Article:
Pinching Pennies: Designer Runways Take Budget Route

It’s chic to be fashionably frugal. While fashion spectacles still can run over $500,000, the days of extravagant spending are more or less on the wane.

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He said his sales in 2002 rose by 25 percent and revenue in the first three months of this year rose by 15 percent. Small fashion companies might opt for presentations instead of shows, Di Sarli said, but bigger industry players can’t afford to scale back show expenses.

"Right now, if anything, they are investing more in their image," he said.

Others painted a similar picture. A firm that does lighting for some top shows said that it’s "business as usual" in Europe. "The houses want to have a good, image-enhancing show." On the other hand, the firm noted that fashion houses in New York had been more budget conscious and had driven a hard bargain. "They’ve been more directly influenced by what’s happening in the world right now."

Whatever one believes, it appears that Europe’s smaller fashion names are tightening their belts the most. One Paris-based public relations agent said he had been scampering to pinch pennies for his stable of designers. Among the cost-cutting measures he explored this season were finding less-expensive venues and shaving costs off makeup and models.

"In recent seasons, there were a lot of sponsors that jumped on the fashion wagon," he continued. "Being part of a hot designer’s show was a way for them to get press and enhance their image. This season, though, sponsors haven’t been so forthcoming. They had extra money, but with the economy in the state it is, they’ve been tightening their belts. They don’t have the money to throw around."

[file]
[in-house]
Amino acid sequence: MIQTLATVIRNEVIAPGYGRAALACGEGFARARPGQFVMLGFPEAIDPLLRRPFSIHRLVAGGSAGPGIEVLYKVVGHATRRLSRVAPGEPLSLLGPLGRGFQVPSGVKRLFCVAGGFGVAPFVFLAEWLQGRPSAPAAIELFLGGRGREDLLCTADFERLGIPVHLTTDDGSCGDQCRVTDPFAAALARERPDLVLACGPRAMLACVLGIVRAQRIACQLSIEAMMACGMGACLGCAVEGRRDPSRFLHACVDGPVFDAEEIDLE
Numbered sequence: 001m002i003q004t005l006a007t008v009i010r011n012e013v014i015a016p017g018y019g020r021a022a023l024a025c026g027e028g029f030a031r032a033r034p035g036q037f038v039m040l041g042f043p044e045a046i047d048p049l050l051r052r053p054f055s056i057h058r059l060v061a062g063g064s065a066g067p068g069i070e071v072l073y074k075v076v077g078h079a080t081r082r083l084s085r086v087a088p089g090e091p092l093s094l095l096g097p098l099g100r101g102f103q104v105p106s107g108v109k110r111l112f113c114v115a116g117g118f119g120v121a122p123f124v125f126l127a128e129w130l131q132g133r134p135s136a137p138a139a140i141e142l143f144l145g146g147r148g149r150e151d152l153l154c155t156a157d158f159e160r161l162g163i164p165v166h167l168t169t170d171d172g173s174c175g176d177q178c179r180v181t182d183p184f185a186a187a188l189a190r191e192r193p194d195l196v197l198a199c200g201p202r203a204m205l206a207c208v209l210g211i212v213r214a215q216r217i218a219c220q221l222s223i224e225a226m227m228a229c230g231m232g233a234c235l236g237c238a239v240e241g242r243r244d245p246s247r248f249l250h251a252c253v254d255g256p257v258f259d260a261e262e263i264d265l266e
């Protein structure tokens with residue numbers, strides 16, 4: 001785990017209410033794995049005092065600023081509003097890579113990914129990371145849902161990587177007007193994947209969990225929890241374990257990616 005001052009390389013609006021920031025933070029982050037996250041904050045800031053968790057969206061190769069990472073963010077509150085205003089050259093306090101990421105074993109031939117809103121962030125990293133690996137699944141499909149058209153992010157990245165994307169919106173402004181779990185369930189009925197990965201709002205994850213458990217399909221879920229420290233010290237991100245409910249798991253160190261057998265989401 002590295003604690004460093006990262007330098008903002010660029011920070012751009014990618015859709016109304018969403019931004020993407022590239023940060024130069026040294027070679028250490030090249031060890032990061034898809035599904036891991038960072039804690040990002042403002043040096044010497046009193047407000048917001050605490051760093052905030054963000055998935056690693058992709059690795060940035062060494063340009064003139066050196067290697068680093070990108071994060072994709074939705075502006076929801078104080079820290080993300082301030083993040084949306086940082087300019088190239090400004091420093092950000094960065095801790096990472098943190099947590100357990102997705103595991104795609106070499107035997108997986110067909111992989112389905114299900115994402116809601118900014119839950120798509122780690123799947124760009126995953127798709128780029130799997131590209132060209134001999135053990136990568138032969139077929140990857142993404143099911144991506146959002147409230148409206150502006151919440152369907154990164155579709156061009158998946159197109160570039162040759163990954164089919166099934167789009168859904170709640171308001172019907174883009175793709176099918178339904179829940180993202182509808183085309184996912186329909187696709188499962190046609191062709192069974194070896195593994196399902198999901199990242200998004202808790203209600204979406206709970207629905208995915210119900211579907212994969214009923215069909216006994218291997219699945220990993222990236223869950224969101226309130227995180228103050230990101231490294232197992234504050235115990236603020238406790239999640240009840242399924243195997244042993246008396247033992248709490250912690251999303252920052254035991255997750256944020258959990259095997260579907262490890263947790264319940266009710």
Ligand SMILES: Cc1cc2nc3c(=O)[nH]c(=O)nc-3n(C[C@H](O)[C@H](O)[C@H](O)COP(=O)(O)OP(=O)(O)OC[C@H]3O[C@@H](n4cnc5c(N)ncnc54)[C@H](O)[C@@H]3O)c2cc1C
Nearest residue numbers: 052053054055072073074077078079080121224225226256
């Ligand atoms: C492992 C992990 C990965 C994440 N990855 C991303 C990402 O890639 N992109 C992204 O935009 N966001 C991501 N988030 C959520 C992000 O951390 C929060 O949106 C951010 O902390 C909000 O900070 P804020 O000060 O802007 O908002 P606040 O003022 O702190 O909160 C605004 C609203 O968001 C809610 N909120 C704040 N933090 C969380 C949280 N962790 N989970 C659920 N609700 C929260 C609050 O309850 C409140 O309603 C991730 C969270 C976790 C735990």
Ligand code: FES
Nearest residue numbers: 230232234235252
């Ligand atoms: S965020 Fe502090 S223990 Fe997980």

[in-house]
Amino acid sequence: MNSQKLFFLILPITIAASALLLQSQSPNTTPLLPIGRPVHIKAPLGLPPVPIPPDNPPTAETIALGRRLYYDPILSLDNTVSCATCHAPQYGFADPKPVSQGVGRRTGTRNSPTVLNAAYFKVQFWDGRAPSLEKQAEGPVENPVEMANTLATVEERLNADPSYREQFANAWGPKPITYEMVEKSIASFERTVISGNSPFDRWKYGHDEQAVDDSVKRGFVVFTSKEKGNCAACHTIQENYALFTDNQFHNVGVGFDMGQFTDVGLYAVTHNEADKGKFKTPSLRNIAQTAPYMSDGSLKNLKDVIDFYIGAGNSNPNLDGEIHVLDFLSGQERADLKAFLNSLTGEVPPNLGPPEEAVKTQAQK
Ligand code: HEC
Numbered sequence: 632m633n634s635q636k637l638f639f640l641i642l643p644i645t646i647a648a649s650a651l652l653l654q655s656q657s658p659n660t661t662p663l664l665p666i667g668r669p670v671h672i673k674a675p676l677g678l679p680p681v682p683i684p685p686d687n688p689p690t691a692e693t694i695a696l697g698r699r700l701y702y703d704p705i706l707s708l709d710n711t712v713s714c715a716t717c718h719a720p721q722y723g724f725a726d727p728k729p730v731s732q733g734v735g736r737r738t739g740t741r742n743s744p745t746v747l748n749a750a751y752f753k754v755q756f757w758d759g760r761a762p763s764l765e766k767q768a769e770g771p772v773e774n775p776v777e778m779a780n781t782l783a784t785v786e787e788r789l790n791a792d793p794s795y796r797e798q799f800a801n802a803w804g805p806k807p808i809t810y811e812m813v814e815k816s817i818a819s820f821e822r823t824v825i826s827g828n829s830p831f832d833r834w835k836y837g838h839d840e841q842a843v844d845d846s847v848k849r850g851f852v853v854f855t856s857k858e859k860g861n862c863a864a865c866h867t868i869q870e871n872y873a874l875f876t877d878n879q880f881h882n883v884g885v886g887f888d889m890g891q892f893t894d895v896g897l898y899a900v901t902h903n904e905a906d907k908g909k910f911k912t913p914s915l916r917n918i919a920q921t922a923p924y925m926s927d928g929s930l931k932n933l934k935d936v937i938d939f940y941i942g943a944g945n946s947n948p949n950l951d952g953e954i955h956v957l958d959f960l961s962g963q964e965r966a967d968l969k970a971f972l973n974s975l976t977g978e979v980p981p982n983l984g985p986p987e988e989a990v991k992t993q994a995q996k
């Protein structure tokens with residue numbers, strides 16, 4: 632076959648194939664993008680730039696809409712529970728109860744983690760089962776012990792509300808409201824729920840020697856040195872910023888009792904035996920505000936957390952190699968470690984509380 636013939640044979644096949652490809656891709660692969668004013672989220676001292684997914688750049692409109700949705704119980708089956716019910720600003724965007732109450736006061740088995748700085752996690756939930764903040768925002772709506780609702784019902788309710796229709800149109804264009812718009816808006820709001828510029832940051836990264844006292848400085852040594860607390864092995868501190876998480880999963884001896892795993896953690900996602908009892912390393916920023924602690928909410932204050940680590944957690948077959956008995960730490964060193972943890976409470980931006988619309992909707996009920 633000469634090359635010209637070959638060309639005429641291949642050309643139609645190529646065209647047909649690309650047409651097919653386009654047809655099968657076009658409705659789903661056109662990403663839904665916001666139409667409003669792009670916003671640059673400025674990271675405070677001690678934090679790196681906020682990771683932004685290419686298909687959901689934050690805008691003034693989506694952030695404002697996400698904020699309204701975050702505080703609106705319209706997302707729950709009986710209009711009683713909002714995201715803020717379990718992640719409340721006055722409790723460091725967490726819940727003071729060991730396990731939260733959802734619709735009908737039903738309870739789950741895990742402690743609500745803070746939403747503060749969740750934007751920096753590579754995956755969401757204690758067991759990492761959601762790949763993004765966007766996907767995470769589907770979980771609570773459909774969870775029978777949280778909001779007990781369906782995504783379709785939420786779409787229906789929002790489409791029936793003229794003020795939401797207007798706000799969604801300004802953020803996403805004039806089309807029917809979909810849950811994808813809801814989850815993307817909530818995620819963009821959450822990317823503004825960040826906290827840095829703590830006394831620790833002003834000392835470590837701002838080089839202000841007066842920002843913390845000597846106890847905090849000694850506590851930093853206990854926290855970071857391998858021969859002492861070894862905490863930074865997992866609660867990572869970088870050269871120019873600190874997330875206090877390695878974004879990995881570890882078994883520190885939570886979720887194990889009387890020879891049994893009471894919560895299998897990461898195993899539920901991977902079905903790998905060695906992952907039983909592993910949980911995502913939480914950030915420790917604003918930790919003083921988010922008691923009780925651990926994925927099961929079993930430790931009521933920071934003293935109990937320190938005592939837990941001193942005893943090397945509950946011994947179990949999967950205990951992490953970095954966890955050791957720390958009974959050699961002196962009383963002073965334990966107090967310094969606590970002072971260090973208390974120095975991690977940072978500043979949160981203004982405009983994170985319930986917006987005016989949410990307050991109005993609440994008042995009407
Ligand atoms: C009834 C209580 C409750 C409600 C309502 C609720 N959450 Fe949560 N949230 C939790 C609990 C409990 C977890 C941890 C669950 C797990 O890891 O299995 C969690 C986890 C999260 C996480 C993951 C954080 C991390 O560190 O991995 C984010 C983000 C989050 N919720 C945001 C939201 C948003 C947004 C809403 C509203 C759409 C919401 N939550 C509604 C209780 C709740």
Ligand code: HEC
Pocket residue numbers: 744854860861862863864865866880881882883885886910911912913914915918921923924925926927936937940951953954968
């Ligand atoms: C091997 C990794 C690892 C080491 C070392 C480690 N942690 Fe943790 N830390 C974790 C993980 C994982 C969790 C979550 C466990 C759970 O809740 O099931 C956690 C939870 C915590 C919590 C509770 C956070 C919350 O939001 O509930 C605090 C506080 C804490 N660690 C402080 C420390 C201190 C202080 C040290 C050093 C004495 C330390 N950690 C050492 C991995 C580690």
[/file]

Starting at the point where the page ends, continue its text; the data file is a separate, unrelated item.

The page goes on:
Paris press agents who work with emerging designers point out that they always watch how much they spend on shows.

"We’re not talking about the mega-productions some of the big houses do," said one agent, again speaking on condition of anonymity. "We’re not changing anything, really. To control costs more than we do already would be close to impossible."

Another agent in Paris expressed similar sentiments. "Let’s just say we’re not spending less than usual. But we’re not spending more than usual, either." The agent pointed out that some of the most costly aspects of staging a show include hair, makeup and models. "We can limit costs to about $35,000 for a show," the agent said. "As for models, many of my designers get girls to walk their shows for free, or a reduced fee, just because the girl loves the designer. That type of behavior used to be even more prevalent. A model like Pat Cleveland used to cry to be in certain shows. But that passion for fashion is fading. It’s pure business for most of the girls."
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